Environmental Issues: Transportation
All Documents in Transportation Tagged energy
- Electric Cars, Hybrids and Other Clean, Fuel-Efficient Vehicles
Getting tomorrow’s cars on the roads today will create jobs, cut fuel bills and air pollution, and reduce our dependence on oil.
- Focusing on fuel-efficiency and plug-in vehicles will help spur the innovation we need to make cleaner cars and trucks a critical part of a new, clean energy economy.
Documents Tagged energy in All Sections
- Leaking Profits
The U.S. Oil and Gas Industry Can Reduce Pollution, Conserve Resources, and Make Money by Preventing Methane Waste
- Methane makes up as much as 90 percent of natural gas, and significant amounts of methane are wasted when natural gas is extracted by fracking or other techniques. Preventing the leakage and venting of methane from natural gas facilities would reduce pollution, enhance air quality, improve human health, and conserve energy resources.
- A Greener Biofuels Tax Credit
The Path to Better Biofuels
- Next-generation biofuels have the potential to deliver better environmental performance -- reduced lifecycle greenhouse gas (GHG) emissions and farming practices that result in cleaner water and healthier soils -- with less impact on food and feed prices.
- Governments Should Phase Out Fossil Fuel Subsidies or Risk Lower Economic Growth, Delayed Investment in Clean Energy and Unnecessary Climate Change Pollution
- Few concrete steps have been made to fulfill commitments by the G20 leaders in 2009, and more than 50 countries since, to eliminate fossil fuel subsidies. Although the G20 commitment was an important first step which led to a broader international coalition, the lack of a timeline and an organization that could monitor and assist countries in the implementation of their commitments has limited its practical effect on the phase out of fossil fuel subsidies. In fact, governments are expected to spend nearly three times more money subsidizing fossil fuels than they did in 2009. Get document in pdf.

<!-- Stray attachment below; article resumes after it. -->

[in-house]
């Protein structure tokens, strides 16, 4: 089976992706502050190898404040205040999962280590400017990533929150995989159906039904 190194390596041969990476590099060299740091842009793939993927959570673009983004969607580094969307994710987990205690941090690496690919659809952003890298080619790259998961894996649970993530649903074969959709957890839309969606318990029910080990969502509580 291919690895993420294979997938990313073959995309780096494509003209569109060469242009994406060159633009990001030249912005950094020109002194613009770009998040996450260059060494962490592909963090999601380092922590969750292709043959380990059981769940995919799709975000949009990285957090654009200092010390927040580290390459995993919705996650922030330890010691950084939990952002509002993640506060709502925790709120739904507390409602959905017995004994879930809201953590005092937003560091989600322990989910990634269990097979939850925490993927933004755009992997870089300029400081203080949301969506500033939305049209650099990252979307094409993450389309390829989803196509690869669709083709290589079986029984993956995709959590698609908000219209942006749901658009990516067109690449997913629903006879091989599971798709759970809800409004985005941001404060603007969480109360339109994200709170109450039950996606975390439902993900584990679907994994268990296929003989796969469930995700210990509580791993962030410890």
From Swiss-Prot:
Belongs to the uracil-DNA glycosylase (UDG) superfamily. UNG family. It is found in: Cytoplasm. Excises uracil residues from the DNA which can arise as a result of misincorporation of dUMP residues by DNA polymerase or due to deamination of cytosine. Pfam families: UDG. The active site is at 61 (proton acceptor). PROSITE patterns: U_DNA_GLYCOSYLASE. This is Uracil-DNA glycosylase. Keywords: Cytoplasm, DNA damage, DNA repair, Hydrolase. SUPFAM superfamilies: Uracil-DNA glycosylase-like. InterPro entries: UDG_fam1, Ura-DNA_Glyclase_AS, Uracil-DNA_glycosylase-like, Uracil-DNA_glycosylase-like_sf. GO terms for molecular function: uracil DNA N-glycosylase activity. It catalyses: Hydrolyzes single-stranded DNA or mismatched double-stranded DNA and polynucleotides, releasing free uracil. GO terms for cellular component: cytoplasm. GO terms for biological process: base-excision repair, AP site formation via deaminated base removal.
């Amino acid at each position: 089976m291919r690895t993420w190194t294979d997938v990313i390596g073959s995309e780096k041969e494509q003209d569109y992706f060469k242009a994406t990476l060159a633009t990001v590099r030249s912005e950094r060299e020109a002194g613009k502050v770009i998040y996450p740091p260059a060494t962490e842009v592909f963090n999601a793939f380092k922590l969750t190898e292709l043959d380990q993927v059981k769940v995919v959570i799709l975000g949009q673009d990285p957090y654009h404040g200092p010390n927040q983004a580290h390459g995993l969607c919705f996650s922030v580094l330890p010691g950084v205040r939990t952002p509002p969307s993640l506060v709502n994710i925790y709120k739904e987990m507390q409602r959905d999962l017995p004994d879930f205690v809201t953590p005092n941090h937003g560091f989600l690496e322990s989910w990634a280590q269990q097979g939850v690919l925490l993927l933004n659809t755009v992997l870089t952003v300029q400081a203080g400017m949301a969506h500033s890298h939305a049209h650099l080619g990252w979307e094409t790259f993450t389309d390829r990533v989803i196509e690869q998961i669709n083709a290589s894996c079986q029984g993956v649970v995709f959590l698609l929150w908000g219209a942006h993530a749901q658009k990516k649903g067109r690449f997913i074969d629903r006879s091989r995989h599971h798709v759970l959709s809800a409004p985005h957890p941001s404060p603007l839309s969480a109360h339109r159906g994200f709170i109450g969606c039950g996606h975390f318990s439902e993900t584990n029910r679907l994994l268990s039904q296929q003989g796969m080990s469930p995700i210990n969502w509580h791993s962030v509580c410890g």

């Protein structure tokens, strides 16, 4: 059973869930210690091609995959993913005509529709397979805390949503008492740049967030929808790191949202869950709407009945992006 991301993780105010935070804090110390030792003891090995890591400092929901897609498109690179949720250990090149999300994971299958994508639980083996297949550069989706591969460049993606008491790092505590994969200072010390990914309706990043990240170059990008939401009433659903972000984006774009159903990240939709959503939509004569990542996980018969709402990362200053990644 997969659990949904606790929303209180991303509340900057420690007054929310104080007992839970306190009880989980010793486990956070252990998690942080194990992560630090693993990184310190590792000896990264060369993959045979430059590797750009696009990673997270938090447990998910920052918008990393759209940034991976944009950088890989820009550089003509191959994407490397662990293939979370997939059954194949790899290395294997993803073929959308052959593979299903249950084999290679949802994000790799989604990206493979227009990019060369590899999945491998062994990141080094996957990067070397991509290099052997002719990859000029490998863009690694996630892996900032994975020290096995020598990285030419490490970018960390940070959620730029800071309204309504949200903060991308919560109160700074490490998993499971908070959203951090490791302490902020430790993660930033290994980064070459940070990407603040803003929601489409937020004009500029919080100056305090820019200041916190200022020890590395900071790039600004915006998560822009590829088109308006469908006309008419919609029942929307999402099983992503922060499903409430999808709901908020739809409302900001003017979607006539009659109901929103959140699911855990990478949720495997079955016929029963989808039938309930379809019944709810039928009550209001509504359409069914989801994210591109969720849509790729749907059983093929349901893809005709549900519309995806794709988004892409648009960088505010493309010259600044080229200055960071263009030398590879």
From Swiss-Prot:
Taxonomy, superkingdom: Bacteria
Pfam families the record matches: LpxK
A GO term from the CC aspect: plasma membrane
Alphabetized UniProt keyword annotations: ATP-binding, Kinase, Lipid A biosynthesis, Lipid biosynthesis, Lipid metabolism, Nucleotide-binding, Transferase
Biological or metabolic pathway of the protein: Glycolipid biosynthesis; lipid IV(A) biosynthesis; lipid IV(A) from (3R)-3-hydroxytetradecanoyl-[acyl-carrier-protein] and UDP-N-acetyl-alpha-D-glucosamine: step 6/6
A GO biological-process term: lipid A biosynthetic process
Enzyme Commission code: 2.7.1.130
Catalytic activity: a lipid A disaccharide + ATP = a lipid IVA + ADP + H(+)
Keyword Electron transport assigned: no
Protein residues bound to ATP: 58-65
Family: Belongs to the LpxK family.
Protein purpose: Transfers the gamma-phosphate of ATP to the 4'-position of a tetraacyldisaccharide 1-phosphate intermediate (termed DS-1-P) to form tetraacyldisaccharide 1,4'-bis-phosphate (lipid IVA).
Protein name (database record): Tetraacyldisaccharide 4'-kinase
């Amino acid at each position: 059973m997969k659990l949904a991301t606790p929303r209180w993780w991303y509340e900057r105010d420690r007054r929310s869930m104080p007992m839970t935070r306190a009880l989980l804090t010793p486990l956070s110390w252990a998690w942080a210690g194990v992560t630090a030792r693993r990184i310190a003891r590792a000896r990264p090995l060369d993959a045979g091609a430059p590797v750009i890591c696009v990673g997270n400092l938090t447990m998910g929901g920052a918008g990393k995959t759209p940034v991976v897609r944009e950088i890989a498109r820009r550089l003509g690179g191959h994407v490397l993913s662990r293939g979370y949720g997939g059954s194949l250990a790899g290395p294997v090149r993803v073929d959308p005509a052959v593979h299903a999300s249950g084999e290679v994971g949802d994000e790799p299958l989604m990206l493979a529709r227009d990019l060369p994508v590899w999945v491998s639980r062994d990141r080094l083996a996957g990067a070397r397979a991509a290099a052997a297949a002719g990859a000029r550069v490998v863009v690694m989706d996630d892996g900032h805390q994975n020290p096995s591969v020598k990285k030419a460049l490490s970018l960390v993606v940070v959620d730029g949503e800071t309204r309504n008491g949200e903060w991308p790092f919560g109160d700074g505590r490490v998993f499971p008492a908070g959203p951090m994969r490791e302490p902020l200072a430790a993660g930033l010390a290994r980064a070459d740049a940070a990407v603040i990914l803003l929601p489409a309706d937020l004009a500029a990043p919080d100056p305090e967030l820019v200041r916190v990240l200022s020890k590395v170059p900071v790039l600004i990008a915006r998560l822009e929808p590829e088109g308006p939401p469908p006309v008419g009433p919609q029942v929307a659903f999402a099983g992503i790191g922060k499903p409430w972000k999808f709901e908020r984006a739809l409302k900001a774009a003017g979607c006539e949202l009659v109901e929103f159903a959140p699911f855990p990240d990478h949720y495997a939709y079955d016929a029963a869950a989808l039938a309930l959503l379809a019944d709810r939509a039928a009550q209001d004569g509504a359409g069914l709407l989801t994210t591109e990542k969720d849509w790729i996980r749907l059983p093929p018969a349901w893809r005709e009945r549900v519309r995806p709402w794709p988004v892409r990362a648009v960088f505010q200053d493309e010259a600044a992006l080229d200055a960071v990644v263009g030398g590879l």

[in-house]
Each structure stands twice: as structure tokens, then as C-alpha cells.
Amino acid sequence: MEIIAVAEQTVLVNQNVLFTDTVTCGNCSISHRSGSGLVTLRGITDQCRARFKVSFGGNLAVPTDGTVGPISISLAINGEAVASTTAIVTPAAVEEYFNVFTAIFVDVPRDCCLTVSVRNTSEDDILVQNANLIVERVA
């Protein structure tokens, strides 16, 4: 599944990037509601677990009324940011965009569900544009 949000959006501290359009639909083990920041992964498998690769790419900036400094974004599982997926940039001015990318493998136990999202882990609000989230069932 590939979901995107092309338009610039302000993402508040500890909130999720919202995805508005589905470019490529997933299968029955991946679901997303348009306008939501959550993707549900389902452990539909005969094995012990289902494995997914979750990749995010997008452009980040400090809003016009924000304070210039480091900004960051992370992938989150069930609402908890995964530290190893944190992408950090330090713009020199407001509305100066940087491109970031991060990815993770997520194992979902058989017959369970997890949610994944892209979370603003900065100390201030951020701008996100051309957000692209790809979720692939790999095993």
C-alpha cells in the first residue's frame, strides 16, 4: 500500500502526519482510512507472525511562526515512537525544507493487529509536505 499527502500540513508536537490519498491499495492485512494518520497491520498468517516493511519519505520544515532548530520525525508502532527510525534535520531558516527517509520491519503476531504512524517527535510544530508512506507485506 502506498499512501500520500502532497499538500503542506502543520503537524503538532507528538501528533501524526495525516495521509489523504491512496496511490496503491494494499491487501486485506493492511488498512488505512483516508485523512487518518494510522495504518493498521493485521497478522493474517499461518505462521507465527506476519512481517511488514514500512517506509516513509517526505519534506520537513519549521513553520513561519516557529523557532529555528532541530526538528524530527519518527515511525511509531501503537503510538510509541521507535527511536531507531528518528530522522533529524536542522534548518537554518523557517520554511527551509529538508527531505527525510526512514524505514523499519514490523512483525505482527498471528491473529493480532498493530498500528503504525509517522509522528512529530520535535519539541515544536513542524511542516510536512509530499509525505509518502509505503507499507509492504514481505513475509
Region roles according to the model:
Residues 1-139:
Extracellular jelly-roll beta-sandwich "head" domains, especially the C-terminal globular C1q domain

- Relieving Pain at the Pump
Thanks to Stronger Standards, Consumers Have More Fuel-Efficient Choices
- As gas prices are once again soaring, the oil industry and its allies are renewing their calls for more drilling, more pipelines, and continued taxpayers subsidies. But the reality is that greatly increased domestic drilling has failed to lower gasoline prices and had no impact on stopping the latest spike in global oil prices. The good news is that with the proposed standards that require the equivalent of 54.5 miles per gallon (mpg), new cars by 2025 will get twice the fuel efficiency and use half of much gas as today’s cars. But the best news is that drivers do not have to wait until 2025 to reap the cost savings benefits of stronger fuel efficiency standards. In fact, thanks to the first phase of these stronger standards that started in model year (MY) 2012, a bumper crop of fuel-efficient cars are in the showrooms today. Drivers can start saving money immediately by trading in their gas guzzlers for today’s gas sippers. Get document in pdf.
For older publications available only in print, click here.
Sign up for NRDC's online newsletter
- Fuel Economy Continues Upward Climb to New Record
- posted by Luke Tonachel, 10/8/14
- Setting the record straight on the Governor's CEQA reform proposal
- posted by Amanda Eaken, 10/2/14
- New report shows how to reduce vehicle pollution, create financial savings on a global scale
- posted by Kaid Benfield, 9/30/14